I thought I would give you a complete Colonoscopy Report. I had a regular
physical appointment some months back and the Doctor noted I have never had
a Colonoscopy. He said at age 61 I ought to have one. Especially since I have
a documented extensive exposure to Agent Orange over in "veet-nam".
I went on a liquid clear diet 48 hours in advance. I called and found out
that "carbonated beverages" and Popsicles are OK. Beer is a carbonated
beverage, need I say more?
I received the instructions and a large gallon jug by mail. The jug was a
powder used as a clean-out solution. I started two days ahead of the
appointment. The clean-out solution doesn't actually taste like anything
-- it is mixed it with water in the jug and then refrigerated. I drank a
glass of it every 10 minutes, took a couple slugs of Budweiser and then
went to sit on the throne.
By the evening prior to the 0930 appointment I was completely cleaned out
and nothing but a clear liquid was passed.
I arrived at the Nashville VAMC (Veterans Affairs Medical Center) at 0830
accompanied by my aide'd'camp, the driver, and the usual security
operatives who cleared the parking garage of any alien life forms who may
have been lurking to take me back for retraining.
The GI clinic waiting area was relatively quiet for the VA, with only three
TV sets turned on; one with the Springer Show featuring strange people
shouting and hitting, one with some reality show of wheelchair-confined
lesbians playing freeway chicken with gay truckers, and the last channel
set to the local country music channel where men wearing large hats crooned
about lost loves and various injustices suffered at the hands of gals with big
hair-dos. Unlike the VA emergency room, there were no screams of the injured,
no gargling guttural death rattles, no speaking in tongues by unmedicated bi-polars
and skitzos, no leaking colostomy bags with gurney pushers slipping, sliding and
cursing as they glissando through the noisome messes.
As a "service connected - combat rated disabled veteran" I get almost free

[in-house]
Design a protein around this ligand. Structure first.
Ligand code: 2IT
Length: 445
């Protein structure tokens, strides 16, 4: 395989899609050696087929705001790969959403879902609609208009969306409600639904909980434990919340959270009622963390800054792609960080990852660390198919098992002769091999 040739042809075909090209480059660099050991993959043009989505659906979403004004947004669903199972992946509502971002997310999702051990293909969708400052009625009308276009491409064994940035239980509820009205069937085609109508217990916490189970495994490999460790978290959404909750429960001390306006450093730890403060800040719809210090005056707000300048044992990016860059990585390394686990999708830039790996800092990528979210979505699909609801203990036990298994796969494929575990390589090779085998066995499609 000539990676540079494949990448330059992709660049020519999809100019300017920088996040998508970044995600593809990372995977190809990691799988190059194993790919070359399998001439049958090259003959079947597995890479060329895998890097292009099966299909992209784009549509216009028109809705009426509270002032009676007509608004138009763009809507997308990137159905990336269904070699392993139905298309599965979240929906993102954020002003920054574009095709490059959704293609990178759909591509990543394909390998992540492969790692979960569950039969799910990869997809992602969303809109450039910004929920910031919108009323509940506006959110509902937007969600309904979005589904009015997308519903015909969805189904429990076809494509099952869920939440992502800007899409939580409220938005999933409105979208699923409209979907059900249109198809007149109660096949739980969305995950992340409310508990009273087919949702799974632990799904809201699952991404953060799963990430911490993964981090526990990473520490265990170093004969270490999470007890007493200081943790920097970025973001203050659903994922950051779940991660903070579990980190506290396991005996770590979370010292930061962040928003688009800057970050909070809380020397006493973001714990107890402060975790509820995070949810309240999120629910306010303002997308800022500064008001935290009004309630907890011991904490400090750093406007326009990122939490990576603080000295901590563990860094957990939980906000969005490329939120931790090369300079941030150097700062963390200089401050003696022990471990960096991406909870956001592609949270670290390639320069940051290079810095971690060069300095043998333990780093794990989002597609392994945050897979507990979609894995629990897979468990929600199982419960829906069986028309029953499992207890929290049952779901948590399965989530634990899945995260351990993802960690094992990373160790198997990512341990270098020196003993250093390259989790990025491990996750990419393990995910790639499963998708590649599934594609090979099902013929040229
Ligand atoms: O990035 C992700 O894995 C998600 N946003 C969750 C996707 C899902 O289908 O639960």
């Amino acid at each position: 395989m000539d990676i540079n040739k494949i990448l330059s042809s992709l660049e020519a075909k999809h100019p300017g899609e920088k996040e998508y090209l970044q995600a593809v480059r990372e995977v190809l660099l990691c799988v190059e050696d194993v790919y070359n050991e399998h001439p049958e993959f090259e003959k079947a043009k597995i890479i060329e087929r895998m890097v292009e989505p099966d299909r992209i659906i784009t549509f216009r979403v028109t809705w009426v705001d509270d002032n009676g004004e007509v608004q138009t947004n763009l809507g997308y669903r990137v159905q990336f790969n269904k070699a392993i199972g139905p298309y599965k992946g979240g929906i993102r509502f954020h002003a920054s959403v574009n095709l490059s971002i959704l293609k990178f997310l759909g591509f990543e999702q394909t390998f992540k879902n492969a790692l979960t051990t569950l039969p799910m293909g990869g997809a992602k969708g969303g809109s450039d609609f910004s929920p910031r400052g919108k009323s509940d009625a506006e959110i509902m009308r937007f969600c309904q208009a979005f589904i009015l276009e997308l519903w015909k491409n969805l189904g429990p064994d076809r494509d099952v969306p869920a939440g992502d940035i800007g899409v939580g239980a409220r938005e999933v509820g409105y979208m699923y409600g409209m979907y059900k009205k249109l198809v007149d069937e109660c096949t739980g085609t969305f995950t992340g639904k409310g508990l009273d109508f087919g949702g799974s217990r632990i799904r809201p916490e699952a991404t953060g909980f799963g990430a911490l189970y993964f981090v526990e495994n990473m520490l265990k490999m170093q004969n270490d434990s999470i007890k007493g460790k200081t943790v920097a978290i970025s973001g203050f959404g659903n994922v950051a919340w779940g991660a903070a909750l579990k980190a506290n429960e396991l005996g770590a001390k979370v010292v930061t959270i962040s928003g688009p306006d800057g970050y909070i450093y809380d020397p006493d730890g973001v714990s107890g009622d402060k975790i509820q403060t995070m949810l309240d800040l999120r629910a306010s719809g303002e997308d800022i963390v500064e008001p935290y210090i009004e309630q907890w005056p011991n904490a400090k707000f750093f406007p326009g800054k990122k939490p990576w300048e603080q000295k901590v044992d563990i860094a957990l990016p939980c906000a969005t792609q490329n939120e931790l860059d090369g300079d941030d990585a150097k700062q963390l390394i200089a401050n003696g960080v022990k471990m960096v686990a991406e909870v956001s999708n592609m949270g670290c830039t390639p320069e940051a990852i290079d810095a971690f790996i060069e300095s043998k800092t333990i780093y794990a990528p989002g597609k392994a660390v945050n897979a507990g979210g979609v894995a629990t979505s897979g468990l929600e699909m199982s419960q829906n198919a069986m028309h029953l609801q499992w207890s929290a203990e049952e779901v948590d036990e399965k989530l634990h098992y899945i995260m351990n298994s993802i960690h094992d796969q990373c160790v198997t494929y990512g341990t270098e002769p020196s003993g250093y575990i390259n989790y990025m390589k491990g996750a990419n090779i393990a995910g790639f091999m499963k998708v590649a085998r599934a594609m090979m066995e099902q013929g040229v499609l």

medical care, so I am not complaining.
The appointment was for 0930 and at 0933 a nurse came forth and called in a stentorian voice, Mr. Mann"—yikes! my name.
She had my aide'd'camp sign and attest that he would be attending and remain in the exam waiting area. She then took me to the exam room.
The examining doctor was a Vanderbilt University Medical School
professor, who was accompanied by a couple of students from the medical
school. The other MD was the chief of the GI department at the VAMC.
Pretty high class help for some old broke-down soldier.
The doctor and nurse came in and bid me to disrobe and put on the usual
gown. After I laid on the table the doctor explained who he was, the
procedure and that there might be an amnesic effect from the sedative.
The nurse placed a large needle into my right armpit, first saying "this may
sting a bit" (it did), and an oxygen cannula mechanism in my nostrils. She
explained that anytime a sedative is administered, oxygen is also given.
The doctor complimented me on the fact that I had a person very close to me
presumably at home write my name and social security number using a magic marker on my
buttocks and a note "Please Be Gentle With Me". They all had a good laugh
and said, "well that isn't the first time we've seen that, but it's usually
a tattoo". I exclaimed, "... at least you won't find an gerbils up there".
That caused a great conversation amongst the Medical Students about the
South Park episode where bowel traveling gerbils were featured.
By that time the ever-suffering nurse said, "Now Mister
Mann, here comes the sedative" ... I went out like a light—praying that
I wouldn't die on the operating table with eight feet of fiber optics up
the old Hershey Highway.
The procedure took about 20 minutes according to my staff members remaining
in the waiting room. I don't remember putting my clothes back on or the
unplanned and unfortunate incident with the large window overlooking the
Vanderbilt University Quadrangle's lunch area filled with astonished students,
nor anything actually, until getting into the car and emitting some explosive
and expansive salutations.
Somewhat similar in effect to a gigantic "whoopee" cushion designed by the
special effects crew of the old "B" movie "Land of the Giants".
Recovery has taken about 24 hours. I had a lot of cramping and medium pain
due to the fact that they took several biopsies. Flatulence continued for
about 12 hours, mostly very noisy but interestingly, without the usual
horrific stench which I usually emit.
Note for conspiracy theorists: No evidence of any Space Alien Probes were discovered.
If you are over 50 please have your colon examined and don't worry about the